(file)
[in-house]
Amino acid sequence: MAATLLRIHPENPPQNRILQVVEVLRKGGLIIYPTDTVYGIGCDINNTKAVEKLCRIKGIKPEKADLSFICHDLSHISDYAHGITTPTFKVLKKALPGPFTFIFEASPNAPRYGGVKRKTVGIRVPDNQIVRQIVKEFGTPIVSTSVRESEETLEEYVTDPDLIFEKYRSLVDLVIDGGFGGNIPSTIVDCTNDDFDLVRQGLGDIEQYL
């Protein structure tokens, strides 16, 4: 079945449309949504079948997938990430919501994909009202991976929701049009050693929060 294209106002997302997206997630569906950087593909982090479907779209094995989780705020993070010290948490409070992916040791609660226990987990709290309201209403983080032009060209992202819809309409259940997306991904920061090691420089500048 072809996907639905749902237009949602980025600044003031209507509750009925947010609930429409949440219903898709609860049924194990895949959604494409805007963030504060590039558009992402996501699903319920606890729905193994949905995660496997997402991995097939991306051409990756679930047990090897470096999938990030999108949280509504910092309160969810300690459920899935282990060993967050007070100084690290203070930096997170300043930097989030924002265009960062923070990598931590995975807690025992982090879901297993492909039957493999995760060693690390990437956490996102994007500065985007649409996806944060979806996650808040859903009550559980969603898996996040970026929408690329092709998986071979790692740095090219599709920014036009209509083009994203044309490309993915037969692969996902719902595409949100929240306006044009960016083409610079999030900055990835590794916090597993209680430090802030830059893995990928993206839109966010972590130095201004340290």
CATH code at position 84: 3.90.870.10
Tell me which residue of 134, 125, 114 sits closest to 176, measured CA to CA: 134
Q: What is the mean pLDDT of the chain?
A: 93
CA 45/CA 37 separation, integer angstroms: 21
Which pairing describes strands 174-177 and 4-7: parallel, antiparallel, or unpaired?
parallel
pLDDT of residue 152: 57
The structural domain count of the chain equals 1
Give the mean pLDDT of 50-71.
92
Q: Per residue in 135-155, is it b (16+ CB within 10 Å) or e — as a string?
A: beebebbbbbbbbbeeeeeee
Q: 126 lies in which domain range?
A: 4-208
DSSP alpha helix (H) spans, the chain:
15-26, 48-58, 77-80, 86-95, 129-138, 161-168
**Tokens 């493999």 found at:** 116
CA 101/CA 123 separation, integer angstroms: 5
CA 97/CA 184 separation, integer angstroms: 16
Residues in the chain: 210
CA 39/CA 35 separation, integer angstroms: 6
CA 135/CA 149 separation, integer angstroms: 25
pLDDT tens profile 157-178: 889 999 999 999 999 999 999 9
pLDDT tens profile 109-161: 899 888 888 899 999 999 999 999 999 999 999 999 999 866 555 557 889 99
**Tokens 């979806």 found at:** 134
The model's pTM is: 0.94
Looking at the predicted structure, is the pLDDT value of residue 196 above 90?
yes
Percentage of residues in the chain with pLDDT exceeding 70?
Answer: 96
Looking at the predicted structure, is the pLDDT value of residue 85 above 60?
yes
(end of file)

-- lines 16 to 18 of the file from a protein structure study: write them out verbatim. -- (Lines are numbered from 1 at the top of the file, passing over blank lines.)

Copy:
A: beebebbbbbbbbbeeeeeee
Q: 126 lies in which domain range?
A: 4-208